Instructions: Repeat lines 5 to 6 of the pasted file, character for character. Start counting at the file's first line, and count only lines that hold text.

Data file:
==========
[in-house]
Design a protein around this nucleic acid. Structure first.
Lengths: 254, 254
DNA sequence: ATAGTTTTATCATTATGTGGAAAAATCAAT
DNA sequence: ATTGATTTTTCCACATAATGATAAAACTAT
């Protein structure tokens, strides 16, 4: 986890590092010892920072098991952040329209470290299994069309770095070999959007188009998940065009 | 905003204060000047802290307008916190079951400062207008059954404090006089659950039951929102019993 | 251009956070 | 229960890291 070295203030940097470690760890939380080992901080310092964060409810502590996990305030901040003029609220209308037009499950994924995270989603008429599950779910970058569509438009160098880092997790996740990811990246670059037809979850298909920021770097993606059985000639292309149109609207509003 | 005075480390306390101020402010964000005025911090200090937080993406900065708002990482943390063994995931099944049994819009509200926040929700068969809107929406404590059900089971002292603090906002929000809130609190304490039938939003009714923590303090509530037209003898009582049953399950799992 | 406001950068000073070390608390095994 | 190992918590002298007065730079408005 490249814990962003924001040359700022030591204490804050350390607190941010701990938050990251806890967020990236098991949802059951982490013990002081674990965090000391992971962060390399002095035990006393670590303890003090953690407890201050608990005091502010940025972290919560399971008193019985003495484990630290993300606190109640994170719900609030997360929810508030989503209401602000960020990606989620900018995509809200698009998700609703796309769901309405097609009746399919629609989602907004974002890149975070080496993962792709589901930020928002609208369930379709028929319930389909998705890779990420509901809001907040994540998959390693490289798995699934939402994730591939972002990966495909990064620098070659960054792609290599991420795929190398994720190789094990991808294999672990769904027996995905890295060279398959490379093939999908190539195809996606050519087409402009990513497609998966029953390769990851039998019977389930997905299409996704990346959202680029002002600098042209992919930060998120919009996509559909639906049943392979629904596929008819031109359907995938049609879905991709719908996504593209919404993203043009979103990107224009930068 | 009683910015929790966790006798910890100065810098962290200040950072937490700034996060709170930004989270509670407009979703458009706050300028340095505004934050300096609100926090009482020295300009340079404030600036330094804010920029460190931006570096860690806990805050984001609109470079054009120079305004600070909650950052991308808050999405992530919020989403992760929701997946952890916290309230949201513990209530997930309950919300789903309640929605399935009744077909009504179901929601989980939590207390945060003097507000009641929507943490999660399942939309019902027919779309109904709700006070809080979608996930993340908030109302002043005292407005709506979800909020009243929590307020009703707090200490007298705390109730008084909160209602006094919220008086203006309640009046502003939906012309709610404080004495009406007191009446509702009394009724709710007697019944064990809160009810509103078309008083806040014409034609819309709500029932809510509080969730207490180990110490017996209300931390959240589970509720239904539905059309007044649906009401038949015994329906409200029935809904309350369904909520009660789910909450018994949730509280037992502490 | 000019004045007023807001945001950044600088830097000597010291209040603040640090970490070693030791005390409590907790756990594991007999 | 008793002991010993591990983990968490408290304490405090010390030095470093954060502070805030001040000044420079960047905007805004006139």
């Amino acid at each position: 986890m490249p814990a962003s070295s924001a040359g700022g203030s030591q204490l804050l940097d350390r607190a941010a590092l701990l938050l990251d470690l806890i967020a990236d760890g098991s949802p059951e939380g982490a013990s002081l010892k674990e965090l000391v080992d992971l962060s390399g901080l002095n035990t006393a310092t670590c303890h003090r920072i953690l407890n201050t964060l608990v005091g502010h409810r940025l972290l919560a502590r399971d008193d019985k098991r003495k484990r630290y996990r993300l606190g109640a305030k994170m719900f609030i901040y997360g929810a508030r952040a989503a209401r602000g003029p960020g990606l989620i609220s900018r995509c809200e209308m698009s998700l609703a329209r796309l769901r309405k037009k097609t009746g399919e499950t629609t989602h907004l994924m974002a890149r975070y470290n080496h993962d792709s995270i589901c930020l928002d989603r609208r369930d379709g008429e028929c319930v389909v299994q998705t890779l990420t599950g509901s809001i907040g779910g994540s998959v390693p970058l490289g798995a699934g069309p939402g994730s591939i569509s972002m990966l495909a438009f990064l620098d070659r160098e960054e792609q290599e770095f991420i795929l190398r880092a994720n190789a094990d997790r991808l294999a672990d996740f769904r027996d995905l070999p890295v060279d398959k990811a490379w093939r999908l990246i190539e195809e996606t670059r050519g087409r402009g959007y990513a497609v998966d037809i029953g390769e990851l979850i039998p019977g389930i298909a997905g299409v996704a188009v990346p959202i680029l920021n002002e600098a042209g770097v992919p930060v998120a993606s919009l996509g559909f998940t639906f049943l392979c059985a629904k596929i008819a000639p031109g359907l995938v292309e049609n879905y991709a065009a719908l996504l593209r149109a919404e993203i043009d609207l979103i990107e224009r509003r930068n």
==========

DNA sequence: ATTGATTTTTCCACATAATGATAAAACTAT
């Protein structure tokens, strides 16, 4: 986890590092010892920072098991952040329209470290299994069309770095070999959007188009998940065009 | 905003204060000047802290307008916190079951400062207008059954404090006089659950039951929102019993 | 251009956070 | 229960890291 070295203030940097470690760890939380080992901080310092964060409810502590996990305030901040003029609220209308037009499950994924995270989603008429599950779910970058569509438009160098880092997790996740990811990246670059037809979850298909920021770097993606059985000639292309149109609207509003 | 005075480390306390101020402010964000005025911090200090937080993406900065708002990482943390063994995931099944049994819009509200926040929700068969809107929406404590059900089971002292603090906002929000809130609190304490039938939003009714923590303090509530037209003898009582049953399950799992 | 406001950068000073070390608390095994 | 190992918590002298007065730079408005 490249814990962003924001040359700022030591204490804050350390607190941010701990938050990251806890967020990236098991949802059951982490013990002081674990965090000391992971962060390399002095035990006393670590303890003090953690407890201050608990005091502010940025972290919560399971008193019985003495484990630290993300606190109640994170719900609030997360929810508030989503209401602000960020990606989620900018995509809200698009998700609703796309769901309405097609009746399919629609989602907004974002890149975070080496993962792709589901930020928002609208369930379709028929319930389909998705890779990420509901809001907040994540998959390693490289798995699934939402994730591939972002990966495909990064620098070659960054792609290599991420795929190398994720190789094990991808294999672990769904027996995905890295060279398959490379093939999908190539195809996606050519087409402009990513497609998966029953390769990851039998019977389930997905299409996704990346959202680029002002600098042209992919930060998120919009996509559909639906049943392979629904596929008819031109359907995938049609879905991709719908996504593209919404993203043009979103990107224009930068 | 009683910015929790966790006798910890100065810098962290200040950072937490700034996060709170930004989270509670407009979703458009706050300028340095505004934050300096609100926090009482020295300009340079404030600036330094804010920029460190931006570096860690806990805050984001609109470079054009120079305004600070909650950052991308808050999405992530919020989403992760929701997946952890916290309230949201513990209530997930309950919300789903309640929605399935009744077909009504179901929601989980939590207390945060003097507000009641929507943490999660399942939309019902027919779309109904709700006070809080979608996930993340908030109302002043005292407005709506979800909020009243929590307020009703707090200490007298705390109730008084909160209602006094919220008086203006309640009046502003939906012309709610404080004495009406007191009446509702009394009724709710007697019944064990809160009810509103078309008083806040014409034609819309709500029932809510509080969730207490180990110490017996209300931390959240589970509720239904539905059309007044649906009401038949015994329906409200029935809904309350369904909520009660789910909450018994949730509280037992502490 | 000019004045007023807001945001950044600088830097000597010291209040603040640090970490070693030791005390409590907790756990594991007999 | 008793002991010993591990983990968490408290304490405090010390030095470093954060502070805030001040000044420079960047905007805004006139």